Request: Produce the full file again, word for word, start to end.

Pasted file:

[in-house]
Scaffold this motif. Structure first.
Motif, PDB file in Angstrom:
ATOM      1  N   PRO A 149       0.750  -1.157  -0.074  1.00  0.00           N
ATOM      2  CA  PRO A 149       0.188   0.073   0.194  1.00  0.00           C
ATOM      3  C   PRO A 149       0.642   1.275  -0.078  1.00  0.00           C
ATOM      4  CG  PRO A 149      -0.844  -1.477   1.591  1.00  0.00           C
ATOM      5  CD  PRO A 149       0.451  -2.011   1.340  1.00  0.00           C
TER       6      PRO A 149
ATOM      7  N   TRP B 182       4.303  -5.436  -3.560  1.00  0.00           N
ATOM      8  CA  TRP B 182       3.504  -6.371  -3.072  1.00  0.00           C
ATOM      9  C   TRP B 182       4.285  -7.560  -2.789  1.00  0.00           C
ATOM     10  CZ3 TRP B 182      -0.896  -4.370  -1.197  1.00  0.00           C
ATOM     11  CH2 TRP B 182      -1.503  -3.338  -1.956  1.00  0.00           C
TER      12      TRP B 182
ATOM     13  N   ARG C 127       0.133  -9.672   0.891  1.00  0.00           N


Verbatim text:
[in-house]
Scaffold this motif. Structure first.
Motif, PDB file in Angstrom:
ATOM      1  N   PRO A 149       0.750  -1.157  -0.074  1.00  0.00           N
ATOM      2  CA  PRO A 149       0.188   0.073   0.194  1.00  0.00           C
ATOM      3  C   PRO A 149       0.642   1.275  -0.078  1.00  0.00           C
ATOM      4  CG  PRO A 149      -0.844  -1.477   1.591  1.00  0.00           C
ATOM      5  CD  PRO A 149       0.451  -2.011   1.340  1.00  0.00           C
TER       6      PRO A 149
ATOM      7  N   TRP B 182       4.303  -5.436  -3.560  1.00  0.00           N
ATOM      8  CA  TRP B 182       3.504  -6.371  -3.072  1.00  0.00           C
ATOM      9  C   TRP B 182       4.285  -7.560  -2.789  1.00  0.00           C
ATOM     10  CZ3 TRP B 182      -0.896  -4.370  -1.197  1.00  0.00           C
ATOM     11  CH2 TRP B 182      -1.503  -3.338  -1.956  1.00  0.00           C
TER      12      TRP B 182
ATOM     13  N   ARG C 127       0.133  -9.672   0.891  1.00  0.00           N